Three times the charm

An interview with Oscar Freire, November 15, 2004

Oscar Freire made his own hat-trick after winning his third world road championship in Verona last October, joining the exclusive 'three-times club' along with Belgium's Eddy Merckx, Rik Van Steenbergen and Italy's Alfredo Binda. Cyclingnews' Hernan Alvarez Macias caught up with "El Induráin del Mundial" (Induráin of the World's) just before he was named honorary mayor of his home town of Torrelavega, Spain last Friday.

Despite the media bestowing on him names such as "Mr. Weltmeister" (Mr. World Champion) and "El Induráin del Mundial", right now, Oscar Freire doesn't want to think about a fourth conquest.

With three rainbow jerseys in the bag, the easy-going Cantabrian wants to enjoy and taste the flavour such a sweet victory brings. However the challenge is there in 2005 and what's more, it will be in his own country, Madrid the centre of attention for the next year's World Road Championships.

As well as the Milan-San Remo World Cup and a Vuelta stage victory among his achievements this year, Freire will continue to ride with the team that has brought him this success for at least two more years. We spoke with him while he was resting in his home town of Torrelavega, situated in the Cantabria region of northern Spain.

Cyclingnews: Which are your memories of your triumph in Verona last month?

Oscar Freire: I remember everything. Luckily, Verona is difficult to forget for me. Not only for my first World's victory there, but also for the third time I won. I remember this third time I enjoyed everything more because the first time I succeeded, everything was a surprise for me. I could enjoy a lot in this recent victory.

CN: This last title was the most special for you?

OF: No, the most special title was the first one because I didn't expect to get it. The third win was very nice because a World's in Verona is different than a World's in Lisbon. I say this for two reasons: because my first win was in Verona and this year we rode practically the same circuit as in 1999; the second reason is that Italian fans really know a lot about cycling compared with Portugese fans.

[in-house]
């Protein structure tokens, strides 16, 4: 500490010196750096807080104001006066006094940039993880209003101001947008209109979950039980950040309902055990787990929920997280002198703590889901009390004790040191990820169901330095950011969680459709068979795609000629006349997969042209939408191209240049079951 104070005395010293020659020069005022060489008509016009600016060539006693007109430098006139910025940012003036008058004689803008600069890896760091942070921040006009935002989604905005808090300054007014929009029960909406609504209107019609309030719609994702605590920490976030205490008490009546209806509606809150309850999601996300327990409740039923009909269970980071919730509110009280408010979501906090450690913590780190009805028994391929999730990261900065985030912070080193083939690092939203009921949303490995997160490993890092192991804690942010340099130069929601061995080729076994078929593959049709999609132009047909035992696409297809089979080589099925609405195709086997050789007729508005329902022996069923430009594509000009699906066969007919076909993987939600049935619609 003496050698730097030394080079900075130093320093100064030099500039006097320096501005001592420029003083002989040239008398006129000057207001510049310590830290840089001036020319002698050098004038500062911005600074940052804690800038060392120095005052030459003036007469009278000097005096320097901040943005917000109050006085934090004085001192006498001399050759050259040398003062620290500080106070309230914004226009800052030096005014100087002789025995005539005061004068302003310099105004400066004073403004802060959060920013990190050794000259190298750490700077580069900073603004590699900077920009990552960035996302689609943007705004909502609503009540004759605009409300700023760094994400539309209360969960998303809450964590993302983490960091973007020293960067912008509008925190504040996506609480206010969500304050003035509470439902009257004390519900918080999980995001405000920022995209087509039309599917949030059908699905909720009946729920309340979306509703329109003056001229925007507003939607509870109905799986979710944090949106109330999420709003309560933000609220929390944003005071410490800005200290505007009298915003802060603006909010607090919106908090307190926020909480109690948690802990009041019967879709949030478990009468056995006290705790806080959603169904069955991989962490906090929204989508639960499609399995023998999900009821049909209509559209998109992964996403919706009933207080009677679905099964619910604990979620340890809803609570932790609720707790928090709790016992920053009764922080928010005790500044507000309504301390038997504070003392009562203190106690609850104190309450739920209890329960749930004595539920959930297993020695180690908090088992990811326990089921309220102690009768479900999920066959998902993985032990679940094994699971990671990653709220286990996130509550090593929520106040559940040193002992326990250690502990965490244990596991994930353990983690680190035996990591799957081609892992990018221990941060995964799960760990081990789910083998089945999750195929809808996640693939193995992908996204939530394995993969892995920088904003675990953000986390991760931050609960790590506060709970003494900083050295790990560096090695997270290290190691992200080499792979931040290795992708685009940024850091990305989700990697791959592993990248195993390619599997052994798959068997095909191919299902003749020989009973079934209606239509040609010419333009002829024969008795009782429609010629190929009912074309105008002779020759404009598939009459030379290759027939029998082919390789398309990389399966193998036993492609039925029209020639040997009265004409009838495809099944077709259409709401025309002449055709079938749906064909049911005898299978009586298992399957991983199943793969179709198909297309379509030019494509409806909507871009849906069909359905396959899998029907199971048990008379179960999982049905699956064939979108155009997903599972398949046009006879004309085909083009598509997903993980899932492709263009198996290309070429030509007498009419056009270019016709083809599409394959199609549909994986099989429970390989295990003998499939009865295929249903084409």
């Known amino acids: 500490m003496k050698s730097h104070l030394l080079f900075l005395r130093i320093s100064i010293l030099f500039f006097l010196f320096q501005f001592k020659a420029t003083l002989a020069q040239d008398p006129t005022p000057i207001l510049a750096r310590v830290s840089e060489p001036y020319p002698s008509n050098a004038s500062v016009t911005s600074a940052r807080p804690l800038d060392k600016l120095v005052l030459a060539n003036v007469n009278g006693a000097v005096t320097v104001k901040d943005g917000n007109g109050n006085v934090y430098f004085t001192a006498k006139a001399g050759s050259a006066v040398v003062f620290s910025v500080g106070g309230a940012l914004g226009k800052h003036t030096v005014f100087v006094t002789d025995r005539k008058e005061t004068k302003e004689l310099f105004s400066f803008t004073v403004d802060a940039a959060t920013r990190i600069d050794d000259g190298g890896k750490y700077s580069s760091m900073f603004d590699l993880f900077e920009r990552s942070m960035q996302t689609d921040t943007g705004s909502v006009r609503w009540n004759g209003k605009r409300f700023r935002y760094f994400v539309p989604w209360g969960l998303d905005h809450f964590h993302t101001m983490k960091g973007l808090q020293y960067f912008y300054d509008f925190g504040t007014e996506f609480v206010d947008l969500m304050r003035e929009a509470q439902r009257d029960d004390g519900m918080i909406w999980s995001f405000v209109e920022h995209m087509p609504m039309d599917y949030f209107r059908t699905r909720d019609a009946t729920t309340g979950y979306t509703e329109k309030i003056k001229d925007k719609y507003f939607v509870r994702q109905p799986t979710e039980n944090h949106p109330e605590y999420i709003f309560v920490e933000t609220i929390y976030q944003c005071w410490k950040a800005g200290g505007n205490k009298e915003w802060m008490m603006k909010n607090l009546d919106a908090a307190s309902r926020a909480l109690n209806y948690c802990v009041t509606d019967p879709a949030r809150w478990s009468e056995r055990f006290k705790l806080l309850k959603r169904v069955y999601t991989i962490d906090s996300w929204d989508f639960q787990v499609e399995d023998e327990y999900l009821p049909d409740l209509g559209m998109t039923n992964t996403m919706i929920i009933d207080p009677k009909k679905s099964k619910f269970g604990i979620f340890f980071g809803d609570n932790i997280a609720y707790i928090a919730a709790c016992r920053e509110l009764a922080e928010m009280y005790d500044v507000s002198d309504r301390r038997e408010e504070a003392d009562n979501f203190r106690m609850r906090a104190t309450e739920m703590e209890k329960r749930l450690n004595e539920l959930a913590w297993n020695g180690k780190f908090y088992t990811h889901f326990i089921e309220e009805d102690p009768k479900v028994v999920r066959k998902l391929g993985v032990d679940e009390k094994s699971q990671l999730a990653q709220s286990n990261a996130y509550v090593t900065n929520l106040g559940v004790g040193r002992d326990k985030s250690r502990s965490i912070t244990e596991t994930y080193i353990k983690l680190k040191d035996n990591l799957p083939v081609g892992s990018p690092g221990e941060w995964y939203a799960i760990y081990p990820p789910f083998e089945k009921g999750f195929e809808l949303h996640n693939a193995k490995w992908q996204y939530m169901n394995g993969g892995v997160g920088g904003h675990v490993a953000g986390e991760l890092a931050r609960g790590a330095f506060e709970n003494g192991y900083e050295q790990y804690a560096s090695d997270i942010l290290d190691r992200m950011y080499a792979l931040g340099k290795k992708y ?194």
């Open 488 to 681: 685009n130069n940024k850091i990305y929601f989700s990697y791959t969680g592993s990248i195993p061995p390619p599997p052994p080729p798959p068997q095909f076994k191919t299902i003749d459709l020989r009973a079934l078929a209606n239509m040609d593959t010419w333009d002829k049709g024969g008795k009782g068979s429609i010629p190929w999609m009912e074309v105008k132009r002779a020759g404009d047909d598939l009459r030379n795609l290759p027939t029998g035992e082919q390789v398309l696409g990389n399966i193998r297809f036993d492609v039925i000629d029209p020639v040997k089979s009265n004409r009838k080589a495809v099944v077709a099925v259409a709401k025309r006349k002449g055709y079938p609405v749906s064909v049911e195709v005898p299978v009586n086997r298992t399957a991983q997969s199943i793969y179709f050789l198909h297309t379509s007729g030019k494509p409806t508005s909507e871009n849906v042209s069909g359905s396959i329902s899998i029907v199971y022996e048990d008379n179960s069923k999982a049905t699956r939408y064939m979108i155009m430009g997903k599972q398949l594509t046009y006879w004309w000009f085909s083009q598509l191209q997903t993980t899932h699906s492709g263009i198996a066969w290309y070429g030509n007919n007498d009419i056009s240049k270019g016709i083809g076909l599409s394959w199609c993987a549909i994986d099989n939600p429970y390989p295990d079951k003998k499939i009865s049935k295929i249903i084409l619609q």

CN: It seems the world championships is a race that fits you perfectly, right?

OF: Yes. I always felt good riding on circuits where there is a little uphill, but not long enough to become a long climb. I was second in the Under-23 World Championship and from that moment on, I performed very well in those competitions.

CN: Which was the most difficult race from the three World crowns?

OF: I think it was the second one because I think it was the time I was in worst shape of the three. In Lisbon I didn't feel at my best, I wasn't good. However, I was lucky to do the perfect race considering the condition I was in at the time.

CN: José Carlos Carabias is a famous Spanish journalist who writes on Spain's ABC newspaper. When you won in Verona he called you were "El Induráin del Mundial" [Induráin of the World's]. What do you think?

OF: [Laughs] I don't know. I think the World's fitted me very well. It's obvious these are different competitions [the Tour de France and the World Championships]; he [Indurain] was [the king] in the Tour de France and I was [the king] apparently in the World's so far. I think we are completely different riders with each other.

CN: How important is Spain's national coach Paco Antequera in the recent World titles?

OF: Very important, because he always trusted in me and the first year that I went to the World's, nobody trusted me. He took his chances on me, he took me to the World's when I was able to get my first title. From that moment on, he always made a national team at my service. It has always been a very united team as seen in all the championships.

CN: Can you imagine yourself winning your fourth World Championship?

OF: Well, I'm still enjoying my third one. Everyone asks me about the fourth one, but now it's time to enjoy and taste the third.

CN: What was it like taking a stage win in this year's Vuelta a España?